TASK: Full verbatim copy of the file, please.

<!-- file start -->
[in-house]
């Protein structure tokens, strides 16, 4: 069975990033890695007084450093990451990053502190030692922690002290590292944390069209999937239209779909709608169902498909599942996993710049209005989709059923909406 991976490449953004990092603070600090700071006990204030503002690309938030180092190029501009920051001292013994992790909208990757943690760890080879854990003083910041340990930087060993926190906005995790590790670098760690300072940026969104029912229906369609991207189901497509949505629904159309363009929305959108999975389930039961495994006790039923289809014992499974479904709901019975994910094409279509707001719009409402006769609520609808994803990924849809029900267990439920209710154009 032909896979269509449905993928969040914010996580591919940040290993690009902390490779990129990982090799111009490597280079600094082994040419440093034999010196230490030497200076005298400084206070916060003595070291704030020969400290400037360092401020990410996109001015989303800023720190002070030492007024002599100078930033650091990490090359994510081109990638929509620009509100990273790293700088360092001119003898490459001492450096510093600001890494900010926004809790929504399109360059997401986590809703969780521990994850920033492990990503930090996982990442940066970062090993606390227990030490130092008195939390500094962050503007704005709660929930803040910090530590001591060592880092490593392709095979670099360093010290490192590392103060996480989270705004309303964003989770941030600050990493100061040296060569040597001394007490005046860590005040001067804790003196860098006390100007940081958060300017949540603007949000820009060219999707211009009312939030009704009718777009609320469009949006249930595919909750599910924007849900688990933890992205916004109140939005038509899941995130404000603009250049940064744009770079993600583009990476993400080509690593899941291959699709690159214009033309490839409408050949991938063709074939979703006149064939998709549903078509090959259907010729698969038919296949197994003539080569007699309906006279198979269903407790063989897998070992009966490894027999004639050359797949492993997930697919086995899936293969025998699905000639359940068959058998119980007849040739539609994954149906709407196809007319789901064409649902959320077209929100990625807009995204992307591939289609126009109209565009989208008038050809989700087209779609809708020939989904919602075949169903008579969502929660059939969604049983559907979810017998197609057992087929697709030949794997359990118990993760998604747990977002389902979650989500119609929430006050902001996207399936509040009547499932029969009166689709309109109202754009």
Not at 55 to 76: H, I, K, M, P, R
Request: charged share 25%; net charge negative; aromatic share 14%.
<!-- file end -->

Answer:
[in-house]
């Protein structure tokens, strides 16, 4: 069975990033890695007084450093990451990053502190030692922690002290590292944390069209999937239209779909709608169902498909599942996993710049209005989709059923909406 991976490449953004990092603070600090700071006990204030503002690309938030180092190029501009920051001292013994992790909208990757943690760890080879854990003083910041340990930087060993926190906005995790590790670098760690300072940026969104029912229906369609991207189901497509949505629904159309363009929305959108999975389930039961495994006790039923289809014992499974479904709901019975994910094409279509707001719009409402006769609520609808994803990924849809029900267990439920209710154009 032909896979269509449905993928969040914010996580591919940040290993690009902390490779990129990982090799111009490597280079600094082994040419440093034999010196230490030497200076005298400084206070916060003595070291704030020969400290400037360092401020990410996109001015989303800023720190002070030492007024002599100078930033650091990490090359994510081109990638929509620009509100990273790293700088360092001119003898490459001492450096510093600001890494900010926004809790929504399109360059997401986590809703969780521990994850920033492990990503930090996982990442940066970062090993606390227990030490130092008195939390500094962050503007704005709660929930803040910090530590001591060592880092490593392709095979670099360093010290490192590392103060996480989270705004309303964003989770941030600050990493100061040296060569040597001394007490005046860590005040001067804790003196860098006390100007940081958060300017949540603007949000820009060219999707211009009312939030009704009718777009609320469009949006249930595919909750599910924007849900688990933890992205916004109140939005038509899941995130404000603009250049940064744009770079993600583009990476993400080509690593899941291959699709690159214009033309490839409408050949991938063709074939979703006149064939998709549903078509090959259907010729698969038919296949197994003539080569007699309906006279198979269903407790063989897998070992009966490894027999004639050359797949492993997930697919086995899936293969025998699905000639359940068959058998119980007849040739539609994954149906709407196809007319789901064409649902959320077209929100990625807009995204992307591939289609126009109209565009989208008038050809989700087209779609809708020939989904919602075949169903008579969502929660059939969604049983559907979810017998197609057992087929697709030949794997359990118990993760998604747990977002389902979650989500119609929430006050902001996207399936509040009547499932029969009166689709309109109202754009």
Not at 55 to 76: H, I, K, M, P, R
Request: charged share 25%; net charge negative; aromatic share 14%.